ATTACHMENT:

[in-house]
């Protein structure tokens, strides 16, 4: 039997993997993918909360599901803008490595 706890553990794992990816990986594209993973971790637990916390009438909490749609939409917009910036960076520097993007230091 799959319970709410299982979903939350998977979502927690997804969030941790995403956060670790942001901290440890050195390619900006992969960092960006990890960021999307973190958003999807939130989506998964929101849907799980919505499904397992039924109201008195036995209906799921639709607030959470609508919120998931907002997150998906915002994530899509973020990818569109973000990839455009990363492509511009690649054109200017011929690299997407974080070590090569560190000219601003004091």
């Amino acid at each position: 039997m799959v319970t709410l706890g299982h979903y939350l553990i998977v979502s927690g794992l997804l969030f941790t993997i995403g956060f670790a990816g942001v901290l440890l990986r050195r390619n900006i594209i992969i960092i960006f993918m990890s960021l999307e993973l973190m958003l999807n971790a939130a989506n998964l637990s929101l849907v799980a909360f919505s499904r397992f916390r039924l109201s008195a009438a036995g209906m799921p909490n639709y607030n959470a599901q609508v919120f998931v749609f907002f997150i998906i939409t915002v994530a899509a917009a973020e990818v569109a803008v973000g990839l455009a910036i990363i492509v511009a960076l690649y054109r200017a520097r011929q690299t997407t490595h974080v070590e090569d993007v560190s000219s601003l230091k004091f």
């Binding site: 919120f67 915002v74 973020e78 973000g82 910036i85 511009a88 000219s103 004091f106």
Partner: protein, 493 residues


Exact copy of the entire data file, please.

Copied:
[in-house]
């Protein structure tokens, strides 16, 4: 039997993997993918909360599901803008490595 706890553990794992990816990986594209993973971790637990916390009438909490749609939409917009910036960076520097993007230091 799959319970709410299982979903939350998977979502927690997804969030941790995403956060670790942001901290440890050195390619900006992969960092960006990890960021999307973190958003999807939130989506998964929101849907799980919505499904397992039924109201008195036995209906799921639709607030959470609508919120998931907002997150998906915002994530899509973020990818569109973000990839455009990363492509511009690649054109200017011929690299997407974080070590090569560190000219601003004091």
């Amino acid at each position: 039997m799959v319970t709410l706890g299982h979903y939350l553990i998977v979502s927690g794992l997804l969030f941790t993997i995403g956060f670790a990816g942001v901290l440890l990986r050195r390619n900006i594209i992969i960092i960006f993918m990890s960021l999307e993973l973190m958003l999807n971790a939130a989506n998964l637990s929101l849907v799980a909360f919505s499904r397992f916390r039924l109201s008195a009438a036995g209906m799921p909490n639709y607030n959470a599901q609508v919120f998931v749609f907002f997150i998906i939409t915002v994530a899509a917009a973020e990818v569109a803008v973000g990839l455009a910036i990363i492509v511009a960076l690649y054109r200017a520097r011929q690299t997407t490595h974080v070590e090569d993007v560190s000219s601003l230091k004091f």
């Binding site: 919120f67 915002v74 973020e78 973000g82 910036i85 511009a88 000219s103 004091f106």
Partner: protein, 493 residues